The weekend has come, and it's time to dust work off our shoulders and get down to the business of relaxing.
This weekend, we're fighting monsters, driving really fast, playing an alternative version of ourselves, delivering things in a dangerous world, and more.
Here's what we're getting into:
Dom Peppiatt, Editor-in-Chief – Monster Hunter Now, Monster Hunter Rise
I’m back on my bullshit, sorry. I am currently out at EVE Fanfest (evidence of that here and here) in the wonderful, utopian little city of Reykjavik. When I’m not in a sports hall (yes, really) enjoying the hospitality of CCP Games, I’m wandering around in the freezing sea air, hunting for Anjanath and Rathian to slay in order to bash their bones into my new sword and shield. The game has deeply taken hold of me; I have not played a mobile game quite this ferociously in years. I still have issues with the gating and the time-blocking in it, but hey – when you’re playing it casually, it’s fine. A real solid implementation of Monster Hunter Now on your phone… what more could you ask for!
Well, you could ask for more. Monster Hunter Rise. I also have my gaming laptop on me, so when I’m not slaying Pukei-Pukei in the streets, I’m battering Nargacuga in the sheets. We all need to unwind a bit after a long day at work, and propped up in a hotel bed harvesting medulla for my high-critical sword and shield… well, it does a great job of helping me unwind.
James Billcliffe, Guides Editor - Death Stranding
Maybe it's the drizzle and chilly nights rolling in, maybe it's the endless wait for the MGS 3 Remake that I want more than anything in the world, but in the last week or so I've had fresh impetus to go back and finally finish Death Stranding.
It's as stylish, incomprehensible, and meditative as it always was, but I can't help thinking that its massive clunkiness gets a pass simply because of our collective love for Kojima-directed games. The way that you chug around and slide off of objects during the more cinematic sections toward the climax of the game is definitely not intentional - and I think that proves it's not wholly intentional in the rest of the game either.
But at the risk of sounding too negative, there's an undeniable bravery in some of the interesting things it tries to do mechanically. It's a game I really like, even if the performances sound like the actors are reading aloud in English class.
Jim Trinca, Video Producer - The Crew Motorfest
It's easy to dismiss The Crew Motorfest, as I did upon its unveiling, as a bit of a soulless Forza Horizon clone. All the bits are there: the glossy Instagram-fresh presentation, the optimistic sunshine, the infinite-budget "motoring festival" that takes over an entire territory for an indefinite amount of time... somehow? It couldn't be more Forza Horizon if it tried. And it's trying very hard indeed.
But wait. Hold the bus. Er, car. Because, as it turns out, we were all incredibly hasty: The Crew Motorfest isn't remotely soulless, nor is it a clone. Sure, it takes some obvious inspiration from Horizon, but in many ways, it actually improves on the formula: its racing events are divided into groups of themed races called "playlists". They're usually centred around a particular style of vehicle, a type of race, or some niche facet of car culture. One particular playlist is the Hawaii Scenic Tour, which leverages the game's real-world location in a sort of high-octane version of one of those open-top tour buses. Except you're driving a bunch of supercars and competing against all the other tourists. It really takes the brilliant digital tourism aspect of Forza Horizon to a new level, showcasing the incredible world detail on offer, and also, crucially, providing some much-needed direction for the player.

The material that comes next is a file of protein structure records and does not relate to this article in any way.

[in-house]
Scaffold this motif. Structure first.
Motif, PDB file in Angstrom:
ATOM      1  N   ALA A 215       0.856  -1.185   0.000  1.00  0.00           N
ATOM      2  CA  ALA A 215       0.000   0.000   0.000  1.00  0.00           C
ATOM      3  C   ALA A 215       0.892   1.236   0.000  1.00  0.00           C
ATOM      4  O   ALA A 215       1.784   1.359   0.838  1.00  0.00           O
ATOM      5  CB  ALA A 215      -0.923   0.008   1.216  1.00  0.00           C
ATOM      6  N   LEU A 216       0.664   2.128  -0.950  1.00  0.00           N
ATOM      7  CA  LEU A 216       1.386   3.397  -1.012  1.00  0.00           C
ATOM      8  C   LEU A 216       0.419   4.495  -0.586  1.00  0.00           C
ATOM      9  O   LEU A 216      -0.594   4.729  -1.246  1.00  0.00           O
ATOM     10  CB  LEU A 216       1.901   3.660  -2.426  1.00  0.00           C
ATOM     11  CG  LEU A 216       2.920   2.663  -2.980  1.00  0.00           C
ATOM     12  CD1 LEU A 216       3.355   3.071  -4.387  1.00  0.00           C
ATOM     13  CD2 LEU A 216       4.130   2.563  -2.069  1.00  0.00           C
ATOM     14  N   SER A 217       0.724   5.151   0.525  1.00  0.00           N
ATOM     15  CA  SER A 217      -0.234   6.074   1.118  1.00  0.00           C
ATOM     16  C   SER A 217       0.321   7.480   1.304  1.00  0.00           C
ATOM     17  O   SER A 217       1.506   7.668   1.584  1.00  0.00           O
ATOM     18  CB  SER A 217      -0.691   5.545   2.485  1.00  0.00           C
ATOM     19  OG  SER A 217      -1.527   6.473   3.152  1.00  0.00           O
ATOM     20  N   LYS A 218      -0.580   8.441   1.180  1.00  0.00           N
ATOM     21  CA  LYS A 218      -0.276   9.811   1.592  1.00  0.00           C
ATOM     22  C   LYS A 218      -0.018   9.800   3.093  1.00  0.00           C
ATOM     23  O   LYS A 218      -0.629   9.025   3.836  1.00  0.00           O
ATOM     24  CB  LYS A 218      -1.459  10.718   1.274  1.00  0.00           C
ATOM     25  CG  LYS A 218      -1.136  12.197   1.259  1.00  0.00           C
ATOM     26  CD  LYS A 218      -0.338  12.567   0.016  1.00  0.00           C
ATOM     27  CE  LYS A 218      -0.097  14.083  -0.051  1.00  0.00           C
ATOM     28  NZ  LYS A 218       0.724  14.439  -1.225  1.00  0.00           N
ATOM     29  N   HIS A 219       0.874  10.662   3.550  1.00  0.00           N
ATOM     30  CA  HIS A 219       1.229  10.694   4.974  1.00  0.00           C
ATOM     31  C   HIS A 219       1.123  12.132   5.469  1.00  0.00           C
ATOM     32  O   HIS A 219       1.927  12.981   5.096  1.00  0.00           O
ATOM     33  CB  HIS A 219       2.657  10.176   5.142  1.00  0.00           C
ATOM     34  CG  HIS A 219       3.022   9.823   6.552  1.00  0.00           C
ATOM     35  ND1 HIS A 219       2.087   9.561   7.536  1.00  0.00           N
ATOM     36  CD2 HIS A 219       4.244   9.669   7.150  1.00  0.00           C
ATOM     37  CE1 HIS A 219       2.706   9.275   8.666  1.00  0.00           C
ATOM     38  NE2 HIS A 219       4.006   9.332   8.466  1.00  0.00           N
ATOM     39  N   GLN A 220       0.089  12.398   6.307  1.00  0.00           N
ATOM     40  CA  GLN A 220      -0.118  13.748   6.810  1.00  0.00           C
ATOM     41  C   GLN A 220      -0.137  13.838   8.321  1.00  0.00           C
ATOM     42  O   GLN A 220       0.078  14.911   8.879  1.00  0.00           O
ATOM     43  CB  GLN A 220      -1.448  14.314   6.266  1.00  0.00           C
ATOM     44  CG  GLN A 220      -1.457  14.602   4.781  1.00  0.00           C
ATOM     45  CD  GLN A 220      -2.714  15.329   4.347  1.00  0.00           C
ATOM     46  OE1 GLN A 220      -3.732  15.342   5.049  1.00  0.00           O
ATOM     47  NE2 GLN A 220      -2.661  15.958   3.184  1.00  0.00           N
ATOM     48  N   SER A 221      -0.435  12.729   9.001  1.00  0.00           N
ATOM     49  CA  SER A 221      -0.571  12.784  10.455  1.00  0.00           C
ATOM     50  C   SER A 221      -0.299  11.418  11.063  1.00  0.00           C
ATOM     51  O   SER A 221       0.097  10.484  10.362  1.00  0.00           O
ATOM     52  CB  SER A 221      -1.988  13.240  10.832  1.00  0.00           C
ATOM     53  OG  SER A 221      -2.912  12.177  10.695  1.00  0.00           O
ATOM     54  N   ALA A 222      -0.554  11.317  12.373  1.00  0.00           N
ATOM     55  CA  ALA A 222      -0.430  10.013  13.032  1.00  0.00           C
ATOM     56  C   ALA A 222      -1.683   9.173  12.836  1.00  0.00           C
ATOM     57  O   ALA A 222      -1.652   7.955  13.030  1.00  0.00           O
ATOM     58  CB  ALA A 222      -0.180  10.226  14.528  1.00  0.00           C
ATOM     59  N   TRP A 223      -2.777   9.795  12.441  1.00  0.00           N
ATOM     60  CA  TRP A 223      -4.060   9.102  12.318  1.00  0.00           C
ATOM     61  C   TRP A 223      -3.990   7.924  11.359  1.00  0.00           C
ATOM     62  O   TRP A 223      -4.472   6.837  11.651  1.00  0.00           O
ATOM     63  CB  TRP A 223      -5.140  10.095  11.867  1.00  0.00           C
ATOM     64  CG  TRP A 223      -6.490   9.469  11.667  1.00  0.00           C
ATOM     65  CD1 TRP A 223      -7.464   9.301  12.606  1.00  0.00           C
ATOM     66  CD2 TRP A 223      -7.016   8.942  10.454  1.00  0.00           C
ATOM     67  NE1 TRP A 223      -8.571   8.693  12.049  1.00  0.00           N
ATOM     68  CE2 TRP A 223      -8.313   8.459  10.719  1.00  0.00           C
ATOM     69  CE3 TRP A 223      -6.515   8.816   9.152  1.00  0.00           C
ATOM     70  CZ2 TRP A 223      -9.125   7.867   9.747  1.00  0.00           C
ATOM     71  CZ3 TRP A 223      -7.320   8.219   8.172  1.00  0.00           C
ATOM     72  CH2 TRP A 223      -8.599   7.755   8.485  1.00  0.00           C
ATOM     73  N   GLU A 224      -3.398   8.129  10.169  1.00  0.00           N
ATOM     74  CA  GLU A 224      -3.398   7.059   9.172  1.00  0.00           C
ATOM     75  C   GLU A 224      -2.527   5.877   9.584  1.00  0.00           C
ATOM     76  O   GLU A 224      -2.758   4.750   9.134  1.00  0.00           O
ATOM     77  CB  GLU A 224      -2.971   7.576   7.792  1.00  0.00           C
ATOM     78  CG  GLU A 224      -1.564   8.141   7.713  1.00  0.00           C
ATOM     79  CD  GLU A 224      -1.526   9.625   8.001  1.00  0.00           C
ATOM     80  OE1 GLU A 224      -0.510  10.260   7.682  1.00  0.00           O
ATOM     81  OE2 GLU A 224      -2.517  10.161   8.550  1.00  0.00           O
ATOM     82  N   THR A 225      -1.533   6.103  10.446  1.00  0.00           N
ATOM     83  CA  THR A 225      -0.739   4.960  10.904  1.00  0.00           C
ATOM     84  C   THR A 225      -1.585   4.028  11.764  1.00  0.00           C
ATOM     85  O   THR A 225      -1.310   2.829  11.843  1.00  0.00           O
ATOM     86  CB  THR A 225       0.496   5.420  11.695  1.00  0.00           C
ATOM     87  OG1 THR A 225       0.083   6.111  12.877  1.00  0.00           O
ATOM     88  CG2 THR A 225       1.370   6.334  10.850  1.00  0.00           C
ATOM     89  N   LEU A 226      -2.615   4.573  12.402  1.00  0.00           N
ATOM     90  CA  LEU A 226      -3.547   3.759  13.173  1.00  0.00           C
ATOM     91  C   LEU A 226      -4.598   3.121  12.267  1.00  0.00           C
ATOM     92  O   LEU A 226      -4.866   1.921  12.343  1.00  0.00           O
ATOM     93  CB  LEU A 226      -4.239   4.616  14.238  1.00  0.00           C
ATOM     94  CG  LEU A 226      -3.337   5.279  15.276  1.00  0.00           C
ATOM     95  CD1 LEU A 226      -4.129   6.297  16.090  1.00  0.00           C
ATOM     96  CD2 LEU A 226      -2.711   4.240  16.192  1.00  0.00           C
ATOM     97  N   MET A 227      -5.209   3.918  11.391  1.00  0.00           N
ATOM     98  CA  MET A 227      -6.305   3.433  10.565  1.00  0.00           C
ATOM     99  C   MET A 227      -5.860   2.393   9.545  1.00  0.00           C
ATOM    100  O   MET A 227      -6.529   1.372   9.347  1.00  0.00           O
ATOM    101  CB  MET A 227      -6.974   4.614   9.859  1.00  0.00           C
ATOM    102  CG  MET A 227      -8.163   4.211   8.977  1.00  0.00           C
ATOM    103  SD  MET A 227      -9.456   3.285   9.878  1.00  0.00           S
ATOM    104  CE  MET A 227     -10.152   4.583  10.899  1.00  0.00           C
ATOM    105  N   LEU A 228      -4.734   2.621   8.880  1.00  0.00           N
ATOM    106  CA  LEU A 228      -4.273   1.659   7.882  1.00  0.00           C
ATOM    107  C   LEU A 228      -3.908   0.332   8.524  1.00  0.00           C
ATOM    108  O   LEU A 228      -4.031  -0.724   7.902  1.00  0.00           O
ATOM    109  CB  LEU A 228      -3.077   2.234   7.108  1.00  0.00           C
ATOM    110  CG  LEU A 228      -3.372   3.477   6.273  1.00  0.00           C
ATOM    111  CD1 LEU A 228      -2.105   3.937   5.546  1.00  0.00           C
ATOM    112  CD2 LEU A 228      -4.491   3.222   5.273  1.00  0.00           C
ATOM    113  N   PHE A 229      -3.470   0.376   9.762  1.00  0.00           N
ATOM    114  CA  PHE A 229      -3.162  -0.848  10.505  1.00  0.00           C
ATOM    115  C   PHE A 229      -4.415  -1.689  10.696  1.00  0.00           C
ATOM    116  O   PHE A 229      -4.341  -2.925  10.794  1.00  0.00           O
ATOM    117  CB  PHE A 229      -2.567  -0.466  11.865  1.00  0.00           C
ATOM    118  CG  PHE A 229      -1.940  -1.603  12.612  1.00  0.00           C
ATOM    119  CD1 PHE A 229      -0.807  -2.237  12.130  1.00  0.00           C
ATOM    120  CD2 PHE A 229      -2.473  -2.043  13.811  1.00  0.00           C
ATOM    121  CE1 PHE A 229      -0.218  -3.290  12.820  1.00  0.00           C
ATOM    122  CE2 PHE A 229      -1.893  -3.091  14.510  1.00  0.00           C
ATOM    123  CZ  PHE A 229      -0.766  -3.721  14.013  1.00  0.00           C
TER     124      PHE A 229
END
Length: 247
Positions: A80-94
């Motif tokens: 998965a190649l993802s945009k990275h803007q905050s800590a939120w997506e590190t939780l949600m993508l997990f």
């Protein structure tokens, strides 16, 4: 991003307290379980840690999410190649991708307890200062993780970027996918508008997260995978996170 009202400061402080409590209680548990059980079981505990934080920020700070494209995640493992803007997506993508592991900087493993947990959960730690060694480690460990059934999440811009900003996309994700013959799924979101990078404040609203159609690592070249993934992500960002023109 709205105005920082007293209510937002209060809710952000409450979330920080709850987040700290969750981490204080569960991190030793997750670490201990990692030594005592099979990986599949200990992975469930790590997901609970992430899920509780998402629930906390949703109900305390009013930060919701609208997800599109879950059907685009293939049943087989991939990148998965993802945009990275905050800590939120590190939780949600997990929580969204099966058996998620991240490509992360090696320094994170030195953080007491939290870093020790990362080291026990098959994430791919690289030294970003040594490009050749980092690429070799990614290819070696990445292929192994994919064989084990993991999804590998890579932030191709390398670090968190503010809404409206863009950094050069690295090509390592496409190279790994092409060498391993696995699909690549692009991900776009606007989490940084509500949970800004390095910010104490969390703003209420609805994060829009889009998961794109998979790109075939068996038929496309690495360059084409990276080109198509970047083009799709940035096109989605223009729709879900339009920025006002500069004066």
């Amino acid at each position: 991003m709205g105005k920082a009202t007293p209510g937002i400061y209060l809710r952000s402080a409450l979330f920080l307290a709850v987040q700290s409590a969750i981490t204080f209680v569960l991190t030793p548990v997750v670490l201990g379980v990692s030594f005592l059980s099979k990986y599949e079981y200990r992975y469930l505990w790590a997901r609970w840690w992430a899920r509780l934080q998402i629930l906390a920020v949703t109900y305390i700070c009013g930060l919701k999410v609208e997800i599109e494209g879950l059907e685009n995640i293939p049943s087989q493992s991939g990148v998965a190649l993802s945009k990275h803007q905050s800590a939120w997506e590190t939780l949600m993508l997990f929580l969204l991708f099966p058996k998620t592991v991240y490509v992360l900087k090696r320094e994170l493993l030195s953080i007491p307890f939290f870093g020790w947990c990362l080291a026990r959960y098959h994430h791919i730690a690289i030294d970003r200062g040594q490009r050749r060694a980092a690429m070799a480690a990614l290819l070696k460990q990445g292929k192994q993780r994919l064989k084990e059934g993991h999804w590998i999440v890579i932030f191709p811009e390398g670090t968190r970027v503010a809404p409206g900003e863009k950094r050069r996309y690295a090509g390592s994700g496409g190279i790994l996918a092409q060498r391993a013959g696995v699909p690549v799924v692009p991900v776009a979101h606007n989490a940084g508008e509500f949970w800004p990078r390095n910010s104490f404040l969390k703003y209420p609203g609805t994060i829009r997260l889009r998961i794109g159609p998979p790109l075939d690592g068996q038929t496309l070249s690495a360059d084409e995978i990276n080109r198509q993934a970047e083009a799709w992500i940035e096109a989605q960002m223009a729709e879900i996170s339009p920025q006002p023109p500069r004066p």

See, although it's not like Forza Horizon (the later games in particular) is lacking in things to do, but it often feels a little overwhelming. It's one of those open-world games that has a real "Well, what now?" drag factor that sets in after the opening few hours. The Crew Motorfest's playlists really help stave that off, and though you can still go off the beaten path to explore or play side activities, the playlist system (which seems so daft and simple on the face of it) ensures that there's always a big obvious dangling thread to come back to.
The racing is actually pretty good too. The driving model isn't as good as Horizon's, but it's much more fun to race against the AI, and compared to the original The Crew games (which were absolutely rubbish as racers, but great as driving games), it feels like a huge step up.
I'll be putting together a video or two about why I think Motorfest is not only a decent alternative to Horizon for PlayStation owners, but also why it's a worthy successor to the beloved Test Drive Unlimited, with which it shares its pedigree (and setting). But until then I've got some racing to do. Vroom!
Rebecca Jones, Guides Writer - The Sims 4, Animal Crossing: New Horizons
I'm off on holiday next week, but since I don't actually depart for my top-secret millionaires-only luxury resort destination until Monday, that still leaves me the weekend to play some games in between bouts of packing and panicking about packing.
There doesn't seem to be much point in delving too deeply into anything massively story-based, considering I won't have access to anything except maybe Detective Pikachu on the 3DS for the next week, so I think I'll mainly just chill with The Sims 4, probably.
There's also the last Bug-Off event of 2023 taking place in Animal Crossing: New Horizons this Saturday (I'll miss you, Flick, herald of summer!). Plus I very rudely haven't checked in with my villagers in nearly three weeks, and I should probably go give my colleagues at Paradise Planning a heads-up not to expect me to show up to work next week either.
That's us for the weekend. What are you planning to play?